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Bringing a prophylactic Ebola vaccine to licensure

Periodic Reporting for period 3 - EBOVAC3 (Bringing a prophylactic Ebola vaccine to licensure)

Reporting period: 2020-06-01 to 2021-05-31

EBOVAC3 is one of the Innovative Medicines Initiative (IMI)’s Ebola+ Program projects, focused on supporting the development of a two-dose preventive vaccine regimen against Ebola Virus Disease (EVD) from Janssen Vaccines & Prevention B.V. part of the Janssen Pharmaceutical Companies of Johnson & Johnson, and its partner Bavarian Nordic A/S. Other Ebola+ projects include, among others EBOVAC1, EBOVAC2, EBODAC and EBOMAN.

Significant progress has been made in the development of this vaccine regimen, in large part due to the contributions made through the above-named IMI-funded projects. On the 1st July 2020, the European Commission granted marketing authorisation to the Janssen Ebola vaccine regime, Zabdeno® (Ad26.ZEBOV) and Mvabea® (MVA-BN-Filo). Data from the EBOVAC 1, 2 and 3 projects were used in the vaccine’s approval process. The authorisation was granted in one month, following a positive opinion adopted by the European Medicine Agency’s Committee for Medicinal Products for Human Use (CHMP) demonstrating the importance of this preventative tool to the Commission and its public health agenda. The Janssen Ebola vaccine regimen, Zabdeno® (Ad26.ZEBOV) and Mvabea® (MVA-BN-Filo), was also granted WHO Prequalification in April 2021. This will facilitate registration of the vaccine in African countries and allow broader access to communities at risk for EVD. The WHO and the government of Sierra Leone have recently begun administering the Janssen Ebola vaccine regimen as part of a WHO early access clinical program aimed at preventing further spread of Ebola in West Africa. In June 2021, the Strategic Advisory Group of Experts (SAGE) on Immunization for the World Health Organization (WHO) granted a recommendation in support of the use of Janssen two-dose Ebola vaccine regimen, Zabdeno® (Ad26.ZEBOV) and Mvabea® (MVA-BN-Filo), both during outbreaks for individuals at some risk of Ebola exposure and preventively, before outbreaks, for national and international first responders.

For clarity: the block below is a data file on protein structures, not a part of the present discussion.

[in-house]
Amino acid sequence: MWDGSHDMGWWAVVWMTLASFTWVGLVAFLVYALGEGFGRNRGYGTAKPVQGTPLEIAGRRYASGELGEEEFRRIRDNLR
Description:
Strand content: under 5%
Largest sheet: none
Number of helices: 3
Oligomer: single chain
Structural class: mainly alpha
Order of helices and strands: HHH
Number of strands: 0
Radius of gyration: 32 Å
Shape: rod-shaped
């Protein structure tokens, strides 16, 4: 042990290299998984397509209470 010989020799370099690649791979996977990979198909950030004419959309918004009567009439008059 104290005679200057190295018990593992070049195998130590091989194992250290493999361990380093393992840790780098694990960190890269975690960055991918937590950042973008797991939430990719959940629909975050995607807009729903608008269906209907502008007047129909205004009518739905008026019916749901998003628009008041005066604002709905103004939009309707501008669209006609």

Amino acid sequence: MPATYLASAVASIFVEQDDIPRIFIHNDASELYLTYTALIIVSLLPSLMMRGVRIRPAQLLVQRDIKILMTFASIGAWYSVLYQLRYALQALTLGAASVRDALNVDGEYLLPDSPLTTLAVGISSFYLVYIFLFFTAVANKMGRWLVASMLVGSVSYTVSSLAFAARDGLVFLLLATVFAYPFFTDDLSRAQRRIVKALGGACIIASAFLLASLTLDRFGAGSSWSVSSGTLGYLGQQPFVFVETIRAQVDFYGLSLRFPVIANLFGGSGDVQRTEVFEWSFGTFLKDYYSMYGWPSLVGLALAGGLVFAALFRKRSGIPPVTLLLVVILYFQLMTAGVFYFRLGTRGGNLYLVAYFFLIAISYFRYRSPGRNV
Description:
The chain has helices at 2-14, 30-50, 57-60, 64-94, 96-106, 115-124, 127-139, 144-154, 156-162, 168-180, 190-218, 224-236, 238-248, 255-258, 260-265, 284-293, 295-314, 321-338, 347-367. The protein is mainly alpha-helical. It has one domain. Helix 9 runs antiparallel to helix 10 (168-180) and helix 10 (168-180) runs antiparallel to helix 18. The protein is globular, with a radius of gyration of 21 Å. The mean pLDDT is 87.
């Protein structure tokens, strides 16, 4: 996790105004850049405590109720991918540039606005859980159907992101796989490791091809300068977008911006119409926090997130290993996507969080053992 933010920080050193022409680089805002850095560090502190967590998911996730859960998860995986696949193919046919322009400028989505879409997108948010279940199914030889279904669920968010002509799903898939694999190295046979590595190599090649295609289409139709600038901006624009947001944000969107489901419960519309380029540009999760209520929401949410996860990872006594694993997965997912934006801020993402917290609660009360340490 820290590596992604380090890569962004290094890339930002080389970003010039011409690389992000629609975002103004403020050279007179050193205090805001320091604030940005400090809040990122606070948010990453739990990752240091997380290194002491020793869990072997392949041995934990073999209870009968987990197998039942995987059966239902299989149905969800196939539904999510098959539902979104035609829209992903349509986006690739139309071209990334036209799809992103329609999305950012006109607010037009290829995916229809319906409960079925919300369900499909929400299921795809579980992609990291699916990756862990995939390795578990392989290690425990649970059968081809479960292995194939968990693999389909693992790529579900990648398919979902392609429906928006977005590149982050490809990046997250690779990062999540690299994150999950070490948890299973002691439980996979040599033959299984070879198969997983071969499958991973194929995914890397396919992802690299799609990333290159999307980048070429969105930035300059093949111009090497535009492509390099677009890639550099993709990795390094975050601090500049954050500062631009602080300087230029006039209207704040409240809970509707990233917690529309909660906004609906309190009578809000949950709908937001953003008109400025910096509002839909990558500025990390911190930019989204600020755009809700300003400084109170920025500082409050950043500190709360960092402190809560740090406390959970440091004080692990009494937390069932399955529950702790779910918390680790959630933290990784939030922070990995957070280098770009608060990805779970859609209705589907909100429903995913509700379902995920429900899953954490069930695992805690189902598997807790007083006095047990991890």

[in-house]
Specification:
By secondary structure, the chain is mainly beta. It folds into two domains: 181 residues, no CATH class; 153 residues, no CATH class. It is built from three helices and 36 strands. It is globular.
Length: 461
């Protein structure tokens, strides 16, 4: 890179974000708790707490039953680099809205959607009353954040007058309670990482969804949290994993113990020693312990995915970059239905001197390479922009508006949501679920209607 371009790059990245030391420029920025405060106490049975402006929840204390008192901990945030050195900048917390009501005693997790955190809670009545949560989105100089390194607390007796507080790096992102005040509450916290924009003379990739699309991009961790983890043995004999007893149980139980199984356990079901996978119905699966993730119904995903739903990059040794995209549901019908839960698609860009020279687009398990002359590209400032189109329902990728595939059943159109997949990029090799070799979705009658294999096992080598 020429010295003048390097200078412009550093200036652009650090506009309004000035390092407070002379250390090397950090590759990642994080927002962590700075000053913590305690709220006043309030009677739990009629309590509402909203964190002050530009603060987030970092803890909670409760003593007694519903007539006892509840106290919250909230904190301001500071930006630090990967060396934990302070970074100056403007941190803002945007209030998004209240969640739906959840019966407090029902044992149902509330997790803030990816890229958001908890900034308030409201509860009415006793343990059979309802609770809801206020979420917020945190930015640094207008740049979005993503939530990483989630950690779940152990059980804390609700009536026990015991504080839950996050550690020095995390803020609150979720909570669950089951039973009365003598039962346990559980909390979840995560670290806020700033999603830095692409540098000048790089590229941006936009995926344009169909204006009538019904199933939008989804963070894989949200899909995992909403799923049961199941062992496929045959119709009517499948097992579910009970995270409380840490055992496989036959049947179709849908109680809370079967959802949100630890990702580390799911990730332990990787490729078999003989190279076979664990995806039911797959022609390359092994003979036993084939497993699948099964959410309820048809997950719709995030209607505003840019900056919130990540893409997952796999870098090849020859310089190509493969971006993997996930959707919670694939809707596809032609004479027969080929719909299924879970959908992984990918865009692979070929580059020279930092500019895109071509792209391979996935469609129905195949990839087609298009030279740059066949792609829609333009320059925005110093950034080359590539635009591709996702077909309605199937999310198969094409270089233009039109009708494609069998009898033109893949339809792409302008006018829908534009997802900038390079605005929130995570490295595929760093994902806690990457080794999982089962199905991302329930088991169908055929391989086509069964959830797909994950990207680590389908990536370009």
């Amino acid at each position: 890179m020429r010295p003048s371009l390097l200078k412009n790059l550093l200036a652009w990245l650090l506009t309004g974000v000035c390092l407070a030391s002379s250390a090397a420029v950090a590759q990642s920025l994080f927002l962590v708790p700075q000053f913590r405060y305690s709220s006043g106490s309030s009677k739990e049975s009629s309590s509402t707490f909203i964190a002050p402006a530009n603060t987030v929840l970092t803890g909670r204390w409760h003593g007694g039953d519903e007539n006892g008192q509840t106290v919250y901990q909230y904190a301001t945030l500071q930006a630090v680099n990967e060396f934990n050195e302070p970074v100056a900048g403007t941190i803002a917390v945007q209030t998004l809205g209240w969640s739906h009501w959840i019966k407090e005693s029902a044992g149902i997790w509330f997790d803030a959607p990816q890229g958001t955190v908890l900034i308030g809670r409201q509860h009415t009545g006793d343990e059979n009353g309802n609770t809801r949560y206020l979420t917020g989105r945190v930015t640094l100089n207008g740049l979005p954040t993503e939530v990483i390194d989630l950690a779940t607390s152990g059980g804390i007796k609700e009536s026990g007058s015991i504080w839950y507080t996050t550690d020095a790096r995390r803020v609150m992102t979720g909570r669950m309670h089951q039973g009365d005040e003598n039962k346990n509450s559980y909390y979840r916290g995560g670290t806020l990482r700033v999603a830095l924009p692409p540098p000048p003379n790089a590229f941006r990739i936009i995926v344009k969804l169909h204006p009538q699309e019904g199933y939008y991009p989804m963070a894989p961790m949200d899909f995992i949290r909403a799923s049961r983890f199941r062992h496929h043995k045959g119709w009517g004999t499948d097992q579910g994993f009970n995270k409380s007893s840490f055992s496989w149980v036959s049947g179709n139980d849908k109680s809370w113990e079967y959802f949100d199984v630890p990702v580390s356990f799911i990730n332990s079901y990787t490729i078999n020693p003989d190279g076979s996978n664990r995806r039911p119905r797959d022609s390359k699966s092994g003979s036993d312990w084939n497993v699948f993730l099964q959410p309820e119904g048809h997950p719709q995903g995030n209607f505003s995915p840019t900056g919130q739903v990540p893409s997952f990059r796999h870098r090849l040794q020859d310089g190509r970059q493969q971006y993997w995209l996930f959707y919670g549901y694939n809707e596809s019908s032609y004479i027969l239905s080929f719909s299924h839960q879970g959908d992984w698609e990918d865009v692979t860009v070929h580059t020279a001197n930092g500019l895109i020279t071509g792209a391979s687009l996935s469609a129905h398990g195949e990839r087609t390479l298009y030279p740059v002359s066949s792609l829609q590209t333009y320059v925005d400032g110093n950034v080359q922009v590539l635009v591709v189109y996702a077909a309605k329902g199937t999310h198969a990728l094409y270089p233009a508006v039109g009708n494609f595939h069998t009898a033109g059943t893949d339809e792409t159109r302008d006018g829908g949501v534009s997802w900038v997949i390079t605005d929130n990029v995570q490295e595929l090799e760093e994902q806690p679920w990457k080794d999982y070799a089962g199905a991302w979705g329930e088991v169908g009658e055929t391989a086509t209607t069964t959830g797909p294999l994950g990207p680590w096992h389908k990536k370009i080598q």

EBOVAC3 aims to further support the vaccine regimen licensure pathway, providing information on long-term safety and antibody persistence following vaccination and, on the safety, and immunogenicity of the vaccine regimen in infants and health care workers. The project is also preparing for future Ebola outbreaks through activities including mathematical modelling and social science research.